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America’s Supply Chain Needs High-Skilled Migrants

The Wall Street Journal
| May 28, 2020

American chip companies depend on foreign graduates and workers, write Remco Zwetsloot and Will Hunt. New large-scale immigration restrictions, if successful, will hamstring efforts to bring home advanced semiconductor manufacturing.

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The United States must collaborate with its allies and partners to shape the trajectory of artificial intelligence, promoting liberal democratic values and protecting against efforts to wield AI for authoritarian ends, CSET researchers said in a report released today.

Talent is core to U.S. competitiveness in artificial intelligence, and international graduate students are a large source of AI talent for the United States. Graduate student retention has been a historical U.S. strength, but that strength is endangered by recent trends, finds a new CSET report.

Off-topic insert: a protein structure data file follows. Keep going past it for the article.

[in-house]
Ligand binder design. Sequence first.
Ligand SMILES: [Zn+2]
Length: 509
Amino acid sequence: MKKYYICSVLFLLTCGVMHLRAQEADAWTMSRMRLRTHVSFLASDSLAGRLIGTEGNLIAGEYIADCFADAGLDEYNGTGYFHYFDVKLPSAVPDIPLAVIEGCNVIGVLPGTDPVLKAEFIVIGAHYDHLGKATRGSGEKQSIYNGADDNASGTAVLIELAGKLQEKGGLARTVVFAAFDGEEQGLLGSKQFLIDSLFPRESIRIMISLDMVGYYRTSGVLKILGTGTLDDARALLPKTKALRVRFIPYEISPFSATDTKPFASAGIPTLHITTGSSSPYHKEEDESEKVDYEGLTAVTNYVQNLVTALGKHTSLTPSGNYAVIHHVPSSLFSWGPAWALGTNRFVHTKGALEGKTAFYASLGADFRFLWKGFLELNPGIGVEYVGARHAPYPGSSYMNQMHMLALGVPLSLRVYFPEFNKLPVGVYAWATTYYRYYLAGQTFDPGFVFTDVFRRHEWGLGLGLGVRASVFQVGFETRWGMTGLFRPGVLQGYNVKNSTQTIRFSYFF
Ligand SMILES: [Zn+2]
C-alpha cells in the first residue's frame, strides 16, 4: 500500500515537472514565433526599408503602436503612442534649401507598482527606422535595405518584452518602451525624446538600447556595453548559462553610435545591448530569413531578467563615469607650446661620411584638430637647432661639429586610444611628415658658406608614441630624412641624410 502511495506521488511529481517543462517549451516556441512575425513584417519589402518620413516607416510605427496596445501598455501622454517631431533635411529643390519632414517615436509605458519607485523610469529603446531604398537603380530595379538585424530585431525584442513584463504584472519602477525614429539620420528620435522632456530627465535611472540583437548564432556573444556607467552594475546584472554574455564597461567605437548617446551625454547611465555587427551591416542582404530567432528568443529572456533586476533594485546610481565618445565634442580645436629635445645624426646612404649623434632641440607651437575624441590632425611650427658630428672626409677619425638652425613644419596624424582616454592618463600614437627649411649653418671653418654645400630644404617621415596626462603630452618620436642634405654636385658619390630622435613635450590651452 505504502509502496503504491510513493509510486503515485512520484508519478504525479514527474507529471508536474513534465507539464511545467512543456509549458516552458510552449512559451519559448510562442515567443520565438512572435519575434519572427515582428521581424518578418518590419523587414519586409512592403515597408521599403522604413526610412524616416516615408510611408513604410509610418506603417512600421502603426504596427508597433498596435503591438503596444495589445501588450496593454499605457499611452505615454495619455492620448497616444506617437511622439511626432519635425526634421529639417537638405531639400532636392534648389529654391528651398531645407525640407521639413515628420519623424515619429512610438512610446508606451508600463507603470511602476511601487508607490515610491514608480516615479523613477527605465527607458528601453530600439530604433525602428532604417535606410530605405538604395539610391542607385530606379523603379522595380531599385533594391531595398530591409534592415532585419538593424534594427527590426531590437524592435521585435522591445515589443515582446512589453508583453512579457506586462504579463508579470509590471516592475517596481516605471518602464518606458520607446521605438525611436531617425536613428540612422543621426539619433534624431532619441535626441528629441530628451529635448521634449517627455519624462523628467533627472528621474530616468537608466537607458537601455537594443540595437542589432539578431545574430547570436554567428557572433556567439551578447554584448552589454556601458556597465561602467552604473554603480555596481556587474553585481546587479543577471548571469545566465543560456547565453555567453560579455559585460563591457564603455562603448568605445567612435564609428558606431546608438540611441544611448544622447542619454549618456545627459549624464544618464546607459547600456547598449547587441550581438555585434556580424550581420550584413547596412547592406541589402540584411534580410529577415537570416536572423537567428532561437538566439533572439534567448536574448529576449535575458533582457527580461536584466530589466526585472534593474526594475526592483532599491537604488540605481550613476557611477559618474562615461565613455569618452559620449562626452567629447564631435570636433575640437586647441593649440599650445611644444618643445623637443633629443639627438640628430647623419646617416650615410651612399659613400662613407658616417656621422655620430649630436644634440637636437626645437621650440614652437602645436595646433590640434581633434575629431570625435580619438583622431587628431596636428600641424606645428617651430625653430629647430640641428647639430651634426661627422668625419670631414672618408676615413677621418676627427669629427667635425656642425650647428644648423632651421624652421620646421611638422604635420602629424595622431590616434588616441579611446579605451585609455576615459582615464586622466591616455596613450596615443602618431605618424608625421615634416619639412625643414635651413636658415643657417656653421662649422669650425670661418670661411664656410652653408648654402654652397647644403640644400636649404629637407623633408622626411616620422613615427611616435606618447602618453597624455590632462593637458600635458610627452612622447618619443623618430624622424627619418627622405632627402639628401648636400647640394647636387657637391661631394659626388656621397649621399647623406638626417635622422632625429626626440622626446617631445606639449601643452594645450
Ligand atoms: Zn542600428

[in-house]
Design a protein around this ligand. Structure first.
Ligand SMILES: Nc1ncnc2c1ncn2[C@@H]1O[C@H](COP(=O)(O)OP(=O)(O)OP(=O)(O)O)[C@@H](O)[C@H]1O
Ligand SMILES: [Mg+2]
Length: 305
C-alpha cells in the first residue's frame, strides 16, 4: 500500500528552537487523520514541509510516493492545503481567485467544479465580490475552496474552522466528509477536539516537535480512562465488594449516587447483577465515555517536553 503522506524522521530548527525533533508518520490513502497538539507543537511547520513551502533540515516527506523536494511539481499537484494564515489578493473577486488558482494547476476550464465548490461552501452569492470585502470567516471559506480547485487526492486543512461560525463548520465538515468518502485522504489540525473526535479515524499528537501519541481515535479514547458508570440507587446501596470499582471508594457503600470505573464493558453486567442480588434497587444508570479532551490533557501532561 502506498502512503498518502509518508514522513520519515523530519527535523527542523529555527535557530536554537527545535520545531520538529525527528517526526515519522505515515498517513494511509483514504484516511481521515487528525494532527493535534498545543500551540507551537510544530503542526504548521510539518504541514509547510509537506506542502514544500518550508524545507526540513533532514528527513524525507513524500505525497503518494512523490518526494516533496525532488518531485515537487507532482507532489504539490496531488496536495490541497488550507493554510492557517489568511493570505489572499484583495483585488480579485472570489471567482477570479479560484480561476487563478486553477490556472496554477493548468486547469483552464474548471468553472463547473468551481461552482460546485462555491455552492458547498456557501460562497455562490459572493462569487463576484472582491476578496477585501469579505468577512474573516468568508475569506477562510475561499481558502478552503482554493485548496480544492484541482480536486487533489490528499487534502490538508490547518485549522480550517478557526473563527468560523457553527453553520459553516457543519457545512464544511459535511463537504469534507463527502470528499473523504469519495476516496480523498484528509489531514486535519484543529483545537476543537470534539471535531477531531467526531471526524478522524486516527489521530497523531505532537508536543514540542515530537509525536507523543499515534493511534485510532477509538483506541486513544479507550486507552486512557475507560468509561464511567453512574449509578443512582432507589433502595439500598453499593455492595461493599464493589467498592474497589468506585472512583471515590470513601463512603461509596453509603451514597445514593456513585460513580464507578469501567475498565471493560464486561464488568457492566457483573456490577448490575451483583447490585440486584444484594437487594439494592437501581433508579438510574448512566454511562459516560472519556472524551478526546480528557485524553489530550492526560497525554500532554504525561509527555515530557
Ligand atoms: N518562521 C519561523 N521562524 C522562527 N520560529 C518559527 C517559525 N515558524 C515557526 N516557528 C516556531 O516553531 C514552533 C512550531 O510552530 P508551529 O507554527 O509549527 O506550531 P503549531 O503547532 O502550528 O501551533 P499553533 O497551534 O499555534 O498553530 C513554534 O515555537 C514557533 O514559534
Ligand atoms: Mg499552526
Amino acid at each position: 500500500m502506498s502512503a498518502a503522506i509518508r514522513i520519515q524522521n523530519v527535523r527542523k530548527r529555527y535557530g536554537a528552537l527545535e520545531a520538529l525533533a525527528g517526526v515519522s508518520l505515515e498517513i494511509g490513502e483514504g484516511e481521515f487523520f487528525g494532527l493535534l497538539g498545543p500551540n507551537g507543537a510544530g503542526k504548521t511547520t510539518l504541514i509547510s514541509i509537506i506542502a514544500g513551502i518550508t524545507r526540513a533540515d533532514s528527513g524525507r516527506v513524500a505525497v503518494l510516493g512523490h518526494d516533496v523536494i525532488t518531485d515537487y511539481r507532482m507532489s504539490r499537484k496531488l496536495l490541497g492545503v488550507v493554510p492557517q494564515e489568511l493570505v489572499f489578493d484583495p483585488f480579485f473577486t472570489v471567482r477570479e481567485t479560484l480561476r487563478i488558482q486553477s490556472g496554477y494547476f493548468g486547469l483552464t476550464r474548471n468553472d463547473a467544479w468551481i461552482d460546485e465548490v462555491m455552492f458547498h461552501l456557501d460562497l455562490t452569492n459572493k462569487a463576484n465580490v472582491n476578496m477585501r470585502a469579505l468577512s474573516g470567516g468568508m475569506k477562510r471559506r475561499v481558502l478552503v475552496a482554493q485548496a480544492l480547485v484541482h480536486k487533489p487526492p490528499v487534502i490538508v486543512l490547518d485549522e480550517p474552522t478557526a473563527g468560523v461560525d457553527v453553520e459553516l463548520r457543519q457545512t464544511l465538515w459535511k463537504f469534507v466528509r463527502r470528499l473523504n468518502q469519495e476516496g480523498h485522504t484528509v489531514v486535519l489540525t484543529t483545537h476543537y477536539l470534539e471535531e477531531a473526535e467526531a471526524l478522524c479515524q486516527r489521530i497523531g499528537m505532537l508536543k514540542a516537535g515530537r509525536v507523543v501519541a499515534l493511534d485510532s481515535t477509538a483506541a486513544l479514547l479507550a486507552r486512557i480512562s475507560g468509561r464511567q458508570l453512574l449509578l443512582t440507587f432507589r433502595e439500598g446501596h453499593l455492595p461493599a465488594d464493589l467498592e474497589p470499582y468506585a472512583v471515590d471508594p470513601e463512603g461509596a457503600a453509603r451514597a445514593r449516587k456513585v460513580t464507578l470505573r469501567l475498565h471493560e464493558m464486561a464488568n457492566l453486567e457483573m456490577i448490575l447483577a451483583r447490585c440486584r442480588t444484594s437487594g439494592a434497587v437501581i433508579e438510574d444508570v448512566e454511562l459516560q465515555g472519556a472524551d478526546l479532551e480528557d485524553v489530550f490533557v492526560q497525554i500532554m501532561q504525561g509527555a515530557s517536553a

Accelerating threats to cybersecurity, the impact of automation on cyber defense, and the degree to which cyber operations will become faster and more powerful are among the subjects that CSET will now start to explore thanks to a grant from the William and Flora Hewlett Foundation.

CSET expert Ben Buchanan testifies to Congress on vulnerabilities and need for defense using the latest AI tools.

National and international security are increasingly reliant on artificial intelligence, but U.S. security interests will suffer if the United States doesn’t work with its allies to invest wisely in AI capabilities.

China’s technology transfer programs are broad, deeply rooted and calculated to support the country’s development of artificial intelligence, providing China early insight and access to foreign technical innovations.

As the artificial intelligence field becomes more developed globally, restrictive immigration policies threaten America’s ability to recruit and retain foreign AI talent, according to a new CSET report.

A prolonged talent shortage could undermine U.S. strength in artificial intelligence, which is increasingly important to national security, and current immigration policies would only make it worse, according to a new CSET report.